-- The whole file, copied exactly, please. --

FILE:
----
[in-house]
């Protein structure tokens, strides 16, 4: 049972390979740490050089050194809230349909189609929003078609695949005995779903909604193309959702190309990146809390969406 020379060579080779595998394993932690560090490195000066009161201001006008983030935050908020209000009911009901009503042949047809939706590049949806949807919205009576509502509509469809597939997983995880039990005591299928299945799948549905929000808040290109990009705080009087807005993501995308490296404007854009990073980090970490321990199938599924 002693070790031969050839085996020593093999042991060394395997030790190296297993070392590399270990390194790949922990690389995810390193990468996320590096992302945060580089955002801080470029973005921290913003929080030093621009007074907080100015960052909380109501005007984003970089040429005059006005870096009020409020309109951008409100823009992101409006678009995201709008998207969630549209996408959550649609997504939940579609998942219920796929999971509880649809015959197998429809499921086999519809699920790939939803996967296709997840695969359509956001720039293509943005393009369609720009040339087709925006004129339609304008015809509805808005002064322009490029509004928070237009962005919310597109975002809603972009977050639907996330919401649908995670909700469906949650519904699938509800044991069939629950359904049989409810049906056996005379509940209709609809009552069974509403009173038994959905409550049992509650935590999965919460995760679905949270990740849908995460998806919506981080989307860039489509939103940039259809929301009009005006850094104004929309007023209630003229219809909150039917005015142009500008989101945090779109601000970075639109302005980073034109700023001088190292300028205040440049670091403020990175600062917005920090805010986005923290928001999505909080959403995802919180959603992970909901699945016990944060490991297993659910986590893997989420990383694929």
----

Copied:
[in-house]
């Protein structure tokens, strides 16, 4: 049972390979740490050089050194809230349909189609929003078609695949005995779903909604193309959702190309990146809390969406 020379060579080779595998394993932690560090490195000066009161201001006008983030935050908020209000009911009901009503042949047809939706590049949806949807919205009576509502509509469809597939997983995880039990005591299928299945799948549905929000808040290109990009705080009087807005993501995308490296404007854009990073980090970490321990199938599924 002693070790031969050839085996020593093999042991060394395997030790190296297993070392590399270990390194790949922990690389995810390193990468996320590096992302945060580089955002801080470029973005921290913003929080030093621009007074907080100015960052909380109501005007984003970089040429005059006005870096009020409020309109951008409100823009992101409006678009995201709008998207969630549209996408959550649609997504939940579609998942219920796929999971509880649809015959197998429809499921086999519809699920790939939803996967296709997840695969359509956001720039293509943005393009369609720009040339087709925006004129339609304008015809509805808005002064322009490029509004928070237009962005919310597109975002809603972009977050639907996330919401649908995670909700469906949650519904699938509800044991069939629950359904049989409810049906056996005379509940209709609809009552069974509403009173038994959905409550049992509650935590999965919460995760679905949270990740849908995460998806919506981080989307860039489509939103940039259809929301009009005006850094104004929309007023209630003229219809909150039917005015142009500008989101945090779109601000970075639109302005980073034109700023001088190292300028205040440049670091403020990175600062917005920090805010986005923290928001999505909080959403995802919180959603992970909901699945016990944060490991297993659910986590893997989420990383694929």